- The Washington Times - Thursday, January 27, 2005

Amy K. Frey was at a crossroads five years ago. She owned a small business, providing “boutique warehousing services” to overseas companies, mainly in Australia, New Zealand and Canada. Ms. Frey wanted — needed, she said — an outside perspective.

“I really needed a sounding board that was local, someone I could come to with a variety of issues, seek their wisdom and knowledge and have as a counselor in an advisory capacity,” she said.

Someone like Ann Dobbs.

Ms. Dobbs is a volunteer counselor with SCORE — Counselors to Small Business, formerly named the Service Corps of Retired Executives, a program that offers free advice and assistance to small-business owners nationwide.

The federally supported nonprofit has 13 paid employees; the other 11,200 are volunteers. In Ms. Dobbs, Ms. Frey found a confidante and mentor.

“I can’t say enough about Ann Dobbs,” Ms. Frey said.

In her 80s, Ms. Dobbs is the retired co-owner of the Federal Supermarkets co-op chain of small grocery stores. She has been a SCORE volunteer for 15 years.

Ms. Dobbs is that counselor who helps with “the things a small-business owner runs into. I can meet with someone about trouble with employees, or questions about lawyers and accountants you can’t pose to them,” Ms. Frey said.

SCORE counseling is free, though the organization offers 27,000 optional seminars nationwide for businesses owners, for usually less than $50.

The counseling can take place in SCORE offices across the country, or via the Internet, where some 1,200 of the group’s 11,700 nationwide volunteers provide help via e-mail and a Web site, said organization Chief Executive Officer Kenneth Yancey.

SCORE is “probably one of the better programs: consisting of real people who have done real business, as opposed to a federal employee telling you how to run a business,” said Ronald Utt, senior research fellow at the Heritage Foundation.

A former banker in Irving, Texas, who has run the organization since 1992, Mr. Yancey says that while early American entrepreneurs such as Henry Ford, William Hewlett and David Packard didn’t have his organization to help, they had something similar.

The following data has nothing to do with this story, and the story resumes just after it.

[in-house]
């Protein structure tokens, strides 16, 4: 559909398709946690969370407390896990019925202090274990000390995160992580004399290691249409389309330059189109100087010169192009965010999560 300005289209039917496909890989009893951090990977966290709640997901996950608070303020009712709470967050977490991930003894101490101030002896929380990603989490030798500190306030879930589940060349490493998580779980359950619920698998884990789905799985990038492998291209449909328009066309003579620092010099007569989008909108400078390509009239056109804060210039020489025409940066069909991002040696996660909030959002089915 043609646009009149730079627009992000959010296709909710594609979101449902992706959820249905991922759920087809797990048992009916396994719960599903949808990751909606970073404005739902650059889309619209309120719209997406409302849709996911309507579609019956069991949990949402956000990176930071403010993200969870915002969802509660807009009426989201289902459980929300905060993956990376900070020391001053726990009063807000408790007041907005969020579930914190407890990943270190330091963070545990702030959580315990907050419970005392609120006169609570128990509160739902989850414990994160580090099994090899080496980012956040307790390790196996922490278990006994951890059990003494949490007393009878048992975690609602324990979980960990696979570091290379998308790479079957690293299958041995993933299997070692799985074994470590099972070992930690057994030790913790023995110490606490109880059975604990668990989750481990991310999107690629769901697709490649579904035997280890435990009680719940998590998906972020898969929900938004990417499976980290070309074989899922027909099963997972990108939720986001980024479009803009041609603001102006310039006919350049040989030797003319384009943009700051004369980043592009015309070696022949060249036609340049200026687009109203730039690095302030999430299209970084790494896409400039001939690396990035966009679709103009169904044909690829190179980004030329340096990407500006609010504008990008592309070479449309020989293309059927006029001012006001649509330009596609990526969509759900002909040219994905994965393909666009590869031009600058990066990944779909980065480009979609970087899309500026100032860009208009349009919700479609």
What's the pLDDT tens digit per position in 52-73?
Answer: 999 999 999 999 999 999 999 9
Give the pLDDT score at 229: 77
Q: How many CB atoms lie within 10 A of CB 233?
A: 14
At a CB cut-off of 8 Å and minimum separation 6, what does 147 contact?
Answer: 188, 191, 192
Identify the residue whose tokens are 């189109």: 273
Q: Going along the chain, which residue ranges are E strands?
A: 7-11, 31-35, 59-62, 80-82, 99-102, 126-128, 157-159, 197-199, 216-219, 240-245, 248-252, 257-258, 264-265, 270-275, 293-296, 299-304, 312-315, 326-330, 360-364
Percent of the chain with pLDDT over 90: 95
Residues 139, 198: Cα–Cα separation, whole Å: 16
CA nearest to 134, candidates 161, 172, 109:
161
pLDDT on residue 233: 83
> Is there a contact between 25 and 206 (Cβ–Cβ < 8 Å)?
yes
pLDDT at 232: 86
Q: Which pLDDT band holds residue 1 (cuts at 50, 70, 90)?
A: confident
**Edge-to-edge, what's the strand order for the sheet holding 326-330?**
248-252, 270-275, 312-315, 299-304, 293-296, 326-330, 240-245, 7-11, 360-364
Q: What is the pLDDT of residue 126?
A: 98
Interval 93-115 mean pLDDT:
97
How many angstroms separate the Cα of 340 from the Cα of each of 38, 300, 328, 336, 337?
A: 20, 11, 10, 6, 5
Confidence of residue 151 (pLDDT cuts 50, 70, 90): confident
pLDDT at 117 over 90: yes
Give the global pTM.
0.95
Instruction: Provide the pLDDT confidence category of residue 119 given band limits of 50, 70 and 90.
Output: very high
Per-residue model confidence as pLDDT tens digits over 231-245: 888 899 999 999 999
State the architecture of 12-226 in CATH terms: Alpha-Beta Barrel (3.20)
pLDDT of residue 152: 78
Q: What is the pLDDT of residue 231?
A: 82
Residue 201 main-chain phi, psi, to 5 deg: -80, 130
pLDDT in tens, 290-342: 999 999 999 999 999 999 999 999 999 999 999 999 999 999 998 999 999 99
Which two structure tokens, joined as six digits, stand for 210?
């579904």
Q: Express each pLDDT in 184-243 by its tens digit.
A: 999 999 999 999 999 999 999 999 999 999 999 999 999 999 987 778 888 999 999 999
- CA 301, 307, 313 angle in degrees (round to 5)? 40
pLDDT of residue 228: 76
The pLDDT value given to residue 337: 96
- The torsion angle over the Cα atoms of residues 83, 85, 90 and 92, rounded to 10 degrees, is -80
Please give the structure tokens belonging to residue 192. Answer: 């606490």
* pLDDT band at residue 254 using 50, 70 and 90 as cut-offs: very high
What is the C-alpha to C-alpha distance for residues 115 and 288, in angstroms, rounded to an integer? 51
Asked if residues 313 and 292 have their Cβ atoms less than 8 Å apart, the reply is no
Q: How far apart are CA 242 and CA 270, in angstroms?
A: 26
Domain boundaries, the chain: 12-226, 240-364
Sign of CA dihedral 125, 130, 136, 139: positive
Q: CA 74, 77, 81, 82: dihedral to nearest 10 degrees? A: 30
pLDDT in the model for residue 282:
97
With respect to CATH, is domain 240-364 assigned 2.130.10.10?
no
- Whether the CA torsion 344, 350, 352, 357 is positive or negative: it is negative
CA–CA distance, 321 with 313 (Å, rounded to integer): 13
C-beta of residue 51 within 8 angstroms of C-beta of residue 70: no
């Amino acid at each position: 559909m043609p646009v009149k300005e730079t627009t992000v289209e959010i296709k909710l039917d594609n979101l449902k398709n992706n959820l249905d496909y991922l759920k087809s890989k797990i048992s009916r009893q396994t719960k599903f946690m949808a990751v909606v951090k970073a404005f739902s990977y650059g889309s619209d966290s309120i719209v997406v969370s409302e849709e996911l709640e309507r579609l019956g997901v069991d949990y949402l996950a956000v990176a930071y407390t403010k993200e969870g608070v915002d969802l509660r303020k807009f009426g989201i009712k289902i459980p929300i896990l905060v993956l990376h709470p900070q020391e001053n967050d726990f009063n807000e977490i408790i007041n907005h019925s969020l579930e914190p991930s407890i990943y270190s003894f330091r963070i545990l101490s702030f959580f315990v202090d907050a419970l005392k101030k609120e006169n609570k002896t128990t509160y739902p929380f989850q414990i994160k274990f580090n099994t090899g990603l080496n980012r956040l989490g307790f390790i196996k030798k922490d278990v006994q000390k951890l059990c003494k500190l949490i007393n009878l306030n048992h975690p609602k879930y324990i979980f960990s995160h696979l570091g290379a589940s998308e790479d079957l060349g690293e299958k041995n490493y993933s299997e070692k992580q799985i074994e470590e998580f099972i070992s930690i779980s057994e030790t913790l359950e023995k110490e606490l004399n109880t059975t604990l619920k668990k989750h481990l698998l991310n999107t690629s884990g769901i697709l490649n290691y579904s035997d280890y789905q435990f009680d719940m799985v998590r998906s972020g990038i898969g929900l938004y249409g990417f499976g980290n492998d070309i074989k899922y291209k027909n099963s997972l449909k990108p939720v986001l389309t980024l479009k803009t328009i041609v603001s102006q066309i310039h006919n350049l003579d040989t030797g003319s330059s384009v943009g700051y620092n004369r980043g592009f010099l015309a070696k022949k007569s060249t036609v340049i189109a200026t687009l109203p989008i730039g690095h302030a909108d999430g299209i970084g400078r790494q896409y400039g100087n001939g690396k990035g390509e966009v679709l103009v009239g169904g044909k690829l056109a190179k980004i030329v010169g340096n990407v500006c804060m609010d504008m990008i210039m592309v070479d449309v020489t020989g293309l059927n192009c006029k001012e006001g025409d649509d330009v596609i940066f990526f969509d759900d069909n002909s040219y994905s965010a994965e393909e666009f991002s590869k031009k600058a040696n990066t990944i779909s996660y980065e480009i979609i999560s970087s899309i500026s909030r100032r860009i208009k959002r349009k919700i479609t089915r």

“My guess is they had advisers around them, mentors, coaches, sounding boards, whatever you want to call that kind of outside, objective support,” Mr. Yancey said.

“What SCORE provides is a place to go for those that want to find that kind of help, but may not have that network on their own, or [who] have a network and want to build on that. We now as a society understand and embrace the mentoring value of a relationship.”

Mr. Yancey said that while the basics of business remain same — just ask the dot-com veterans who imagined otherwise — the nature of business in 2004 is far different, creating a need for more understanding.

“You have the complication of regulation at the state, local and federal level, you have so many businesses now, the need to differentiate, and you also have the impact of technology on the business, [and] globalization,” he said. “It is a more information-rich society than in the past.”

The advice provided by SCORE helped Ms. Frey expand her business from a D.C. location to a larger one in Silver Spring. Now she has added a satellite warehouse in Inglewood, Calif., near Los Angeles International Airport.

“When I started realizing I could seek wisdom and advice, my business really started growing,” Ms. Frey said. “It’s been a very healthy relationship, incredibly important to me and my business and it’s been really helpful.”

More than just SCORE’s clients are recognizing the organization’s value. Jack Canfield, a publishing entrepreneur who helped create the “Chicken Soup for the Soul” series of books, selling 80 million copies, gave the program a major endorsement in his latest volume, “The Success Principles.”

“A plug from someone as well known as Mr. Canfield is something we’re flattered by and appreciate and we’re going to work diligently to live up to,” Mr. Yancey said. The author will speak at an August SCORE conference in Tennessee.

“I think he’s dynamite,” said Ralph Johanson, chairman of the District’s SCORE chapter, about Mr. Yancey. “He’s very energetic, very articulate, and from my perspective, I think he’s done a remarkable job of keeping the organization focused and moving in the right direction and motivating and moving people forward.”

Mr. Yancey’s goals include getting more women and minorities into small business and putting them in touch with mentors and seminar instructors who have been where the neophytes are now.

“We have a desire to serve more people that have a small business and want to start one,” Mr. Yancey said. “Our service is relevant, free, and we want to do more.”

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